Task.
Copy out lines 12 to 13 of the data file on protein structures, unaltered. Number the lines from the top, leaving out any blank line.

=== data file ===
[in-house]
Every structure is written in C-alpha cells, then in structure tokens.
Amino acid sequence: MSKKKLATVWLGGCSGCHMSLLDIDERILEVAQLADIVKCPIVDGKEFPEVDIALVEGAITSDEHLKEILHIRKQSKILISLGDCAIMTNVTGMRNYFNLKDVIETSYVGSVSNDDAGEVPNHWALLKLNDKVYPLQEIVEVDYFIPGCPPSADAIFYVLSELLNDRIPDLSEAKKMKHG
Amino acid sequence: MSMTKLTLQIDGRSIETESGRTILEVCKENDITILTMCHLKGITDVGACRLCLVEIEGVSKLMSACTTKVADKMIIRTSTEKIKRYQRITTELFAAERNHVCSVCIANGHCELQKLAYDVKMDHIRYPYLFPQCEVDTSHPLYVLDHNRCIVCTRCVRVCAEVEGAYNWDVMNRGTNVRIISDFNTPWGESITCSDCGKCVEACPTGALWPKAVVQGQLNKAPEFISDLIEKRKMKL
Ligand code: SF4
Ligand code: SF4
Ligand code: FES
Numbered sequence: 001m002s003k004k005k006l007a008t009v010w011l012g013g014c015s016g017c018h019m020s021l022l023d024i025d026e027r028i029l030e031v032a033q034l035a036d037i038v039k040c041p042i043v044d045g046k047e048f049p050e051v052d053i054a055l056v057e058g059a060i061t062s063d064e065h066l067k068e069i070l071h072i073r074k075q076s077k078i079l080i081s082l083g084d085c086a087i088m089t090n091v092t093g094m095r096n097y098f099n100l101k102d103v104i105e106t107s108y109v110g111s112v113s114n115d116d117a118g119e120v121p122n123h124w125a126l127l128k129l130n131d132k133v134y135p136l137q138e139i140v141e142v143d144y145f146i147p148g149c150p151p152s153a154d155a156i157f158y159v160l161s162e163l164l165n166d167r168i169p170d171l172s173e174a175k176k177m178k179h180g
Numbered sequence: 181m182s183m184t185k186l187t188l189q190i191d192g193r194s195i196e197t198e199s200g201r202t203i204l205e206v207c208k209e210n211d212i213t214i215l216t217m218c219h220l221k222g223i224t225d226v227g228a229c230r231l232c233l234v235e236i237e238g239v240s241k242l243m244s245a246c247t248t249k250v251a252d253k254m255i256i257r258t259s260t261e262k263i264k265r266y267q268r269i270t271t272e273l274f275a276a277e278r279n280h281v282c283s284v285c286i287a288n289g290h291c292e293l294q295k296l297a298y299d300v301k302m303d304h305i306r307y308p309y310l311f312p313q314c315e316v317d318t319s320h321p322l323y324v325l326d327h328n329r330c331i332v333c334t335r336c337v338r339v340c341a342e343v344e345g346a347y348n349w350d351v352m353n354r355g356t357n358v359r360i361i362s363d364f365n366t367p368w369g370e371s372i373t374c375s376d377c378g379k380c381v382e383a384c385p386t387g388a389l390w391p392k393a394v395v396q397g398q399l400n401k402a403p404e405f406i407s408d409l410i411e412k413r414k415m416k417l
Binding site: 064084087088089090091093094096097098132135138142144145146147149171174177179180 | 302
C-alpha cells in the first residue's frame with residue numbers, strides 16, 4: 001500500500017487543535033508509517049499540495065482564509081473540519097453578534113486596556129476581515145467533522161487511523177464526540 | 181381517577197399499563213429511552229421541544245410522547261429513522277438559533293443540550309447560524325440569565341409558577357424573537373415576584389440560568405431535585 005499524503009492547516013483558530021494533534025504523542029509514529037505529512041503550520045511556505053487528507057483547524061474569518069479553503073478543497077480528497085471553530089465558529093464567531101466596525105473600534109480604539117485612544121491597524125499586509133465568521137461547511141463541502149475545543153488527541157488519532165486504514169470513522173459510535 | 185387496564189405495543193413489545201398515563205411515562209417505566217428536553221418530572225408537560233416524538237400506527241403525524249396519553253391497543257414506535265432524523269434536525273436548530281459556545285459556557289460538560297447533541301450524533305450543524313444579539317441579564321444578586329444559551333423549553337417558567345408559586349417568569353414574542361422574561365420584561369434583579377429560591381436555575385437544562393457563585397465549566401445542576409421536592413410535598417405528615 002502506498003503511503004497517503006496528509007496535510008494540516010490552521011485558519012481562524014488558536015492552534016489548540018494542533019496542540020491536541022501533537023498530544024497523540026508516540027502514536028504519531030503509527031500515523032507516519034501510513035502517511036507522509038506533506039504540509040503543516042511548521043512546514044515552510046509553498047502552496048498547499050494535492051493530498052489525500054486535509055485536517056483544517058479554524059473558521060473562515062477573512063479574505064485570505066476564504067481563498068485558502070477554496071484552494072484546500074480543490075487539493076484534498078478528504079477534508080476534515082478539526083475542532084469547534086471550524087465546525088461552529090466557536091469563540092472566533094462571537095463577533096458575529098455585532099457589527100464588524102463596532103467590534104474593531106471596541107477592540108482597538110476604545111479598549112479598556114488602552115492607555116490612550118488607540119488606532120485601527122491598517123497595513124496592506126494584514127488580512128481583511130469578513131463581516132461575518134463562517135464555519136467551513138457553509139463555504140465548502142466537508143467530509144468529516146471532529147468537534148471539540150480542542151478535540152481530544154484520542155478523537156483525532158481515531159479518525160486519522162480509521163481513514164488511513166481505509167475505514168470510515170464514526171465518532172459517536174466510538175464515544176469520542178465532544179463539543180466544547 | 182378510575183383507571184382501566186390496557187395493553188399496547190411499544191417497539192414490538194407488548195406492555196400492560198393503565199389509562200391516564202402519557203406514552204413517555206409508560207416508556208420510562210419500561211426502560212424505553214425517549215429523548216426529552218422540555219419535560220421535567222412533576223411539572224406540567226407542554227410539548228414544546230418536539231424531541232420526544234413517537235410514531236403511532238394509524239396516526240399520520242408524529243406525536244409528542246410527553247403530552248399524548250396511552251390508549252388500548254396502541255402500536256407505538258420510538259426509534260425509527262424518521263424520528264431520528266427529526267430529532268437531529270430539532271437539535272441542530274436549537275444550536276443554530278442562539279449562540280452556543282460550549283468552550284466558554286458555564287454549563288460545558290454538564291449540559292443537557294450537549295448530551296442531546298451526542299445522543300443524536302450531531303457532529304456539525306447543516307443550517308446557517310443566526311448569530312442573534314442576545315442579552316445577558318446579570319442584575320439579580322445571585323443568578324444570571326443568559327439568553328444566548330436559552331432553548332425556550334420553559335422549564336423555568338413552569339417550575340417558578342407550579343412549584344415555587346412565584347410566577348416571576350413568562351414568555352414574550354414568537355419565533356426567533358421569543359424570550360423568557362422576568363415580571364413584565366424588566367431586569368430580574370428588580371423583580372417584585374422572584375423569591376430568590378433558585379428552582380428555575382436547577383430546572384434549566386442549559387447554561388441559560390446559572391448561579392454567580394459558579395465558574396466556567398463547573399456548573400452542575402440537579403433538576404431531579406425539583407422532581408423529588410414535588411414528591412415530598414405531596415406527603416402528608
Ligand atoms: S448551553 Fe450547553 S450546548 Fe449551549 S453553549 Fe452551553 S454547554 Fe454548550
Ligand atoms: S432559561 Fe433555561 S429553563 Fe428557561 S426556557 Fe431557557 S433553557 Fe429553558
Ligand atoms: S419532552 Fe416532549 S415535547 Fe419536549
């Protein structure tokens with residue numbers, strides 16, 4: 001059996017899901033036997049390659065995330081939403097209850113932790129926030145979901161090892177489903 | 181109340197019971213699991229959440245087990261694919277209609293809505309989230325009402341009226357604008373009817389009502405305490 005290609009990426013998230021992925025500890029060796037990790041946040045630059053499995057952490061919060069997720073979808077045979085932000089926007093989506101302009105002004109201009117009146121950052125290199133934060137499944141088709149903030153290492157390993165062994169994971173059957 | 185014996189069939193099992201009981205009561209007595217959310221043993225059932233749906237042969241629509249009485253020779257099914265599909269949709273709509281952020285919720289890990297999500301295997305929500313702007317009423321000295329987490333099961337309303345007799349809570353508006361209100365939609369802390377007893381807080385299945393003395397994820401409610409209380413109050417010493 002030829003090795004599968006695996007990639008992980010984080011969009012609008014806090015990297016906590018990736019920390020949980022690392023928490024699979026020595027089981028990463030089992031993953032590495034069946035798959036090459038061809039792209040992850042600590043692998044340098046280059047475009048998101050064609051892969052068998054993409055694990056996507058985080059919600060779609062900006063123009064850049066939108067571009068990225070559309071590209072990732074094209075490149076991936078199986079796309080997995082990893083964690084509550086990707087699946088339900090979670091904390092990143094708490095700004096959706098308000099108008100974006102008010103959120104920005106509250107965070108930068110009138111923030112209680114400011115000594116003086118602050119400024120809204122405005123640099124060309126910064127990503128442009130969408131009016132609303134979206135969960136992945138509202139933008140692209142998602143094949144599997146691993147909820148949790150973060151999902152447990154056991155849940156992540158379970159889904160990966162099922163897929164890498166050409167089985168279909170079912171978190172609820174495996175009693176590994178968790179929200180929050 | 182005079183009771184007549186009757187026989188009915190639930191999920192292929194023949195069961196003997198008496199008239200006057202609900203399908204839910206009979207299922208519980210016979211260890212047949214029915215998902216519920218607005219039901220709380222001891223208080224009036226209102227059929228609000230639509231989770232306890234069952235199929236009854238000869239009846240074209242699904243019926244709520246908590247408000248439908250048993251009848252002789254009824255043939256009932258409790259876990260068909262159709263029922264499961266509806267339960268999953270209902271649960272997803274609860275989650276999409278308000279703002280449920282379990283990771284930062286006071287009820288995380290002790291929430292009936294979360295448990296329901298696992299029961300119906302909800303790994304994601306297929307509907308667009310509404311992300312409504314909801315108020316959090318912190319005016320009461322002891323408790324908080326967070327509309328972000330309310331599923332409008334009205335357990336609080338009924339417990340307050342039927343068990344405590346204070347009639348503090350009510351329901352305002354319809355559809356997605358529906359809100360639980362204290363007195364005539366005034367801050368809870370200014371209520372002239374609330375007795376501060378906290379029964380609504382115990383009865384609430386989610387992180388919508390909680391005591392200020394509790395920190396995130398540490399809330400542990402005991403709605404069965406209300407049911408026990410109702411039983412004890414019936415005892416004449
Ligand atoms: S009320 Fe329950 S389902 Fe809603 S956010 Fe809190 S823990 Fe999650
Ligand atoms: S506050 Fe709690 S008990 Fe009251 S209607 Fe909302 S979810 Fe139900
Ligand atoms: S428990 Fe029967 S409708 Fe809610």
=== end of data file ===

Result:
Ligand atoms: S448551553 Fe450547553 S450546548 Fe449551549 S453553549 Fe452551553 S454547554 Fe454548550
Ligand atoms: S432559561 Fe433555561 S429553563 Fe428557561 S426556557 Fe431557557 S433553557 Fe429553558